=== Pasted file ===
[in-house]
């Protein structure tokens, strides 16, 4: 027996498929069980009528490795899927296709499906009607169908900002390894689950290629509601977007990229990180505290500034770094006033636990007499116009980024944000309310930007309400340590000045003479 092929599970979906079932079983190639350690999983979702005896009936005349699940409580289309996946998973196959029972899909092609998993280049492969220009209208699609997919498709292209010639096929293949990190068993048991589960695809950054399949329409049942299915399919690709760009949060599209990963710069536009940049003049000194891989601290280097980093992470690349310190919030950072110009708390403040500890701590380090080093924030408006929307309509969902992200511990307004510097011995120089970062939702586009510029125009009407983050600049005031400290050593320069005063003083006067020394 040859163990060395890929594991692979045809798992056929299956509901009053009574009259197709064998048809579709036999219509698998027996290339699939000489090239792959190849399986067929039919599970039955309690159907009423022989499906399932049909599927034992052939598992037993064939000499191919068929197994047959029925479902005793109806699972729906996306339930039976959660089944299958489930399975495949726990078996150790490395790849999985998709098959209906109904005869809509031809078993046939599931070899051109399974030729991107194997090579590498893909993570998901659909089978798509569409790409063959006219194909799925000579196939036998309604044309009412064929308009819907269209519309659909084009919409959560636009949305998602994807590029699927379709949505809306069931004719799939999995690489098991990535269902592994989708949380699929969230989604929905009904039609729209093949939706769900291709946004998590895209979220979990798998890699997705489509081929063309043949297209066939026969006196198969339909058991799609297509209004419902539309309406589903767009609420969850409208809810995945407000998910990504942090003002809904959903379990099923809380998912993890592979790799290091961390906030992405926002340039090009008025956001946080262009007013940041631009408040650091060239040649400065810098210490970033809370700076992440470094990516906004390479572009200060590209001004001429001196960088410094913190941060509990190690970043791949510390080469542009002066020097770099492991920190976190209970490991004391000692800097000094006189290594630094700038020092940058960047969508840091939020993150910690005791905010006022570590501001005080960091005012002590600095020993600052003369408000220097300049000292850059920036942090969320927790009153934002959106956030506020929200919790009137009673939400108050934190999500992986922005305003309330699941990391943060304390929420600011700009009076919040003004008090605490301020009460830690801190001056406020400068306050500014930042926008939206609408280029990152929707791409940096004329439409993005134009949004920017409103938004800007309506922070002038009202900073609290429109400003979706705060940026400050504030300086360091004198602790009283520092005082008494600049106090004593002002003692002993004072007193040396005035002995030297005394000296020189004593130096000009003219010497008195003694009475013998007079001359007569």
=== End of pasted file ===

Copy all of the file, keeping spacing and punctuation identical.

[in-house]
């Protein structure tokens, strides 16, 4: 027996498929069980009528490795899927296709499906009607169908900002390894689950290629509601977007990229990180505290500034770094006033636990007499116009980024944000309310930007309400340590000045003479 092929599970979906079932079983190639350690999983979702005896009936005349699940409580289309996946998973196959029972899909092609998993280049492969220009209208699609997919498709292209010639096929293949990190068993048991589960695809950054399949329409049942299915399919690709760009949060599209990963710069536009940049003049000194891989601290280097980093992470690349310190919030950072110009708390403040500890701590380090080093924030408006929307309509969902992200511990307004510097011995120089970062939702586009510029125009009407983050600049005031400290050593320069005063003083006067020394 040859163990060395890929594991692979045809798992056929299956509901009053009574009259197709064998048809579709036999219509698998027996290339699939000489090239792959190849399986067929039919599970039955309690159907009423022989499906399932049909599927034992052939598992037993064939000499191919068929197994047959029925479902005793109806699972729906996306339930039976959660089944299958489930399975495949726990078996150790490395790849999985998709098959209906109904005869809509031809078993046939599931070899051109399974030729991107194997090579590498893909993570998901659909089978798509569409790409063959006219194909799925000579196939036998309604044309009412064929308009819907269209519309659909084009919409959560636009949305998602994807590029699927379709949505809306069931004719799939999995690489098991990535269902592994989708949380699929969230989604929905009904039609729209093949939706769900291709946004998590895209979220979990798998890699997705489509081929063309043949297209066939026969006196198969339909058991799609297509209004419902539309309406589903767009609420969850409208809810995945407000998910990504942090003002809904959903379990099923809380998912993890592979790799290091961390906030992405926002340039090009008025956001946080262009007013940041631009408040650091060239040649400065810098210490970033809370700076992440470094990516906004390479572009200060590209001004001429001196960088410094913190941060509990190690970043791949510390080469542009002066020097770099492991920190976190209970490991004391000692800097000094006189290594630094700038020092940058960047969508840091939020993150910690005791905010006022570590501001005080960091005012002590600095020993600052003369408000220097300049000292850059920036942090969320927790009153934002959106956030506020929200919790009137009673939400108050934190999500992986922005305003309330699941990391943060304390929420600011700009009076919040003004008090605490301020009460830690801190001056406020400068306050500014930042926008939206609408280029990152929707791409940096004329439409993005134009949004920017409103938004800007309506922070002038009202900073609290429109400003979706705060940026400050504030300086360091004198602790009283520092005082008494600049106090004593002002003692002993004072007193040396005035002995030297005394000296020189004593130096000009003219010497008195003694009475013998007079001359007569």